In fact, the tradition of displaying shining lanterns during the Mid-Autumn festival is thought to have come about due to this legend. For it is believed that people on Earth helped House to get to his beloved Chang’e by illuminating his path with the light of many shining lanterns.

The legend of the Moon cakes

Moon cakes, a form of traditional Chinese pastry filled with salted egg yolk and lotus seed paste feature prominently during the Mid-Autumn Festival. In fact, bakeries at the luxurious five-star hotels in Hong Kong like the Peninsula, the Shangri-La, the Mira amongst others announce their moon cake incarnations several months in advance of the festival. They do this as people order and buy moon cakes to gift to family, friends and business associates for the Mid-Autumn Festival.

While classic moon cakes feature the salted duck egg yolk and lotus seed paste filling, the modern versions of moon cakes have a whole smorgasbord of fillings such as chocolate ganache, ice cream, jujube paste and more in order to serve modern tastes. The moon cakes feature an outer layer imprinted with three to six Chinese characters.

The practice of consuming moon cakes harks back to the ruleof the Mongol Yuan (1271-1368) in China. The native Han people greatly resented the rule of the Mongols. Thus, the leader of the Han people Chu Yuan-chang together with his trusted advisor Liu Bo-wen went on to hatch an ingenious plot to overthrow the Mongols. Their plot consisted of starting and spreading a rumor that a horrific plague was to descend on the land, and the only way to halt this terrible event and protect the populace was to consume moon cakes.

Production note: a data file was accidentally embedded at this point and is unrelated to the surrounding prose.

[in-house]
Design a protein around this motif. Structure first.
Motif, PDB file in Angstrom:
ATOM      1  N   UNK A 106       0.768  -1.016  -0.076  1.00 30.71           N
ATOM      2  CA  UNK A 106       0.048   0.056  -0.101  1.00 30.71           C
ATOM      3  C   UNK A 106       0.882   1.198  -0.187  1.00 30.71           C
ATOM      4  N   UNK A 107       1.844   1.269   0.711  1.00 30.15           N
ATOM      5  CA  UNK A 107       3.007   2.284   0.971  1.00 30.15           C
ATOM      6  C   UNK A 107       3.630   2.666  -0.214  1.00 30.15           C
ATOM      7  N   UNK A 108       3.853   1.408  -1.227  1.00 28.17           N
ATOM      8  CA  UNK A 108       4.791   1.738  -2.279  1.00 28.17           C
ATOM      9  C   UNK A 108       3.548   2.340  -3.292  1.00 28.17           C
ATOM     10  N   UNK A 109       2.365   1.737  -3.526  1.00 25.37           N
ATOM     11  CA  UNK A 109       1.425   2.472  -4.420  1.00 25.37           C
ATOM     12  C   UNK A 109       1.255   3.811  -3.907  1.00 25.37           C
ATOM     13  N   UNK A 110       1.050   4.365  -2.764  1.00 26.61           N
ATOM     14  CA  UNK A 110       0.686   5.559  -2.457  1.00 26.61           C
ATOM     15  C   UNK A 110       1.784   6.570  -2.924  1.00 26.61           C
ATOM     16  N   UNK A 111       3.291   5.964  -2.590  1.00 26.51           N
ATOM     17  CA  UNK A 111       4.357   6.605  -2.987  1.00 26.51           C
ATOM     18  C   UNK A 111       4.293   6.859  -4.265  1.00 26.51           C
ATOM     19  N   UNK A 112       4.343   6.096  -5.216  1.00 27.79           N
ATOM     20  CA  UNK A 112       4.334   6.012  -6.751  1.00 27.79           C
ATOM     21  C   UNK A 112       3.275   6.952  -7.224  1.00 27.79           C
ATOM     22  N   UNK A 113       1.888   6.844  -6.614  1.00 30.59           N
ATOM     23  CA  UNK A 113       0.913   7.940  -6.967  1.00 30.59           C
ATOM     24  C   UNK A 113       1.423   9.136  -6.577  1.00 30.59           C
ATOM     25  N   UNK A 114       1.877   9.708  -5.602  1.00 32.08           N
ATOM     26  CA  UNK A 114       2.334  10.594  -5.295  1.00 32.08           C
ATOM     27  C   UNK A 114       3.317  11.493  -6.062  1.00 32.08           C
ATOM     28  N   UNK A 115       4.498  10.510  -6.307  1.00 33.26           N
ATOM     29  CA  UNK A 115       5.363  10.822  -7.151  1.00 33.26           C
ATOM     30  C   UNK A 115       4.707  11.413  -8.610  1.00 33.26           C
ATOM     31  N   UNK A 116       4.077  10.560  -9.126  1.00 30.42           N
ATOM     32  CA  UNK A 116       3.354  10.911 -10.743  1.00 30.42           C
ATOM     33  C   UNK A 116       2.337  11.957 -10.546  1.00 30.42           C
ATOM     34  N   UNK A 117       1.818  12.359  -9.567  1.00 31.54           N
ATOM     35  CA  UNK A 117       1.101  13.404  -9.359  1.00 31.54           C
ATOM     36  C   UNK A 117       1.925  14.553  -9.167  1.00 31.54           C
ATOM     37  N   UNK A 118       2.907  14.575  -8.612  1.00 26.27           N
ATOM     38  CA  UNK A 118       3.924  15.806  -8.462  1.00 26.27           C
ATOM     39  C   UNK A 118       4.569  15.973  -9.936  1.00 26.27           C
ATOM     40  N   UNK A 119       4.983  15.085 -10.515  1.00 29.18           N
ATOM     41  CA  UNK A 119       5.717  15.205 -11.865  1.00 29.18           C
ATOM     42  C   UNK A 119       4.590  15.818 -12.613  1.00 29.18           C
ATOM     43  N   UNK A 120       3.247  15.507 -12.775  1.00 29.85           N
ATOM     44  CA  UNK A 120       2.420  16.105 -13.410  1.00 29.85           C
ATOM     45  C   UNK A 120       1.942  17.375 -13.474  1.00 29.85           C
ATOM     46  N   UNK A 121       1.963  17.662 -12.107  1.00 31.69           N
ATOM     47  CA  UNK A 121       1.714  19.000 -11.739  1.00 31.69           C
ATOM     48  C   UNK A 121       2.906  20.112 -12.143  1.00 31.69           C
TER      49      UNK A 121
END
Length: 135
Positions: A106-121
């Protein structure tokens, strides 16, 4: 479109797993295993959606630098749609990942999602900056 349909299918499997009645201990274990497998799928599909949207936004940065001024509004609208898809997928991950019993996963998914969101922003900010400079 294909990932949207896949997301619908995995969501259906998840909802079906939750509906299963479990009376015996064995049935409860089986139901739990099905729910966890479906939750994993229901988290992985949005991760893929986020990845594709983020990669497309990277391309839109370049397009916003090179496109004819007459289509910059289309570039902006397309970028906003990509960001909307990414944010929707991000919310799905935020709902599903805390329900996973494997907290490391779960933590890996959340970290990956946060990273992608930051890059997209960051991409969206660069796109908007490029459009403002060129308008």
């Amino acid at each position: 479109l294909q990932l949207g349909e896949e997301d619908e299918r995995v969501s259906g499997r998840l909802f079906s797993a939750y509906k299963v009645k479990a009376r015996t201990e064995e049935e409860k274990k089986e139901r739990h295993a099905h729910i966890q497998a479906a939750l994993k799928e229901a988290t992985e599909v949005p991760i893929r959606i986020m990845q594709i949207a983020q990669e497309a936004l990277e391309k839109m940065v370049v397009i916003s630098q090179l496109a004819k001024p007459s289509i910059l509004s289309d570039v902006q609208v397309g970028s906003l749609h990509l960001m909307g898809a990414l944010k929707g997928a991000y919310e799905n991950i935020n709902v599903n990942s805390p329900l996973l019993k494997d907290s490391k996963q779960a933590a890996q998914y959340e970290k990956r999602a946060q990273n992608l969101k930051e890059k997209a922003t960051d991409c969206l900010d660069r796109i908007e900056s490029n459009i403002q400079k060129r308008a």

The revolutionaries proceeded to distribute moon cakes. Concealed within these small pastries was the message ‘Rise on the fifteenth day of the eighth moon.' The message succeeded in uniting the Han people who proceed then to overthrow the Yuan. Since this time moon cakes have come to be associated with the celebration of the Mid-Autumn Festival for they symbolize unity and happiness. Moon cakes till this day, are imprinted with Chinese characters that spell out these ideas.

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Celebrations

The celebrations of the Mid-Autumn festival are evident all over Hong Kong. Holiday markets dot Lantern and Queen Streets in Sheung Wan on Hong Kong Island while lantern and moon cake crafting workshops also form apart of celebrations.

Hong Kongers clean and spruce up their homes in time for the festival. They hang lanterns and cook sumptuous meals for family and friends. Moon cakes feature prominently as desert and are consumed in accompaniment with green tea. A stunning full moon illuminates the night skies over Hong Kong during the festival. Folks usually head out for an after dinner stroll to one of the many viewing points all over Hong Kong.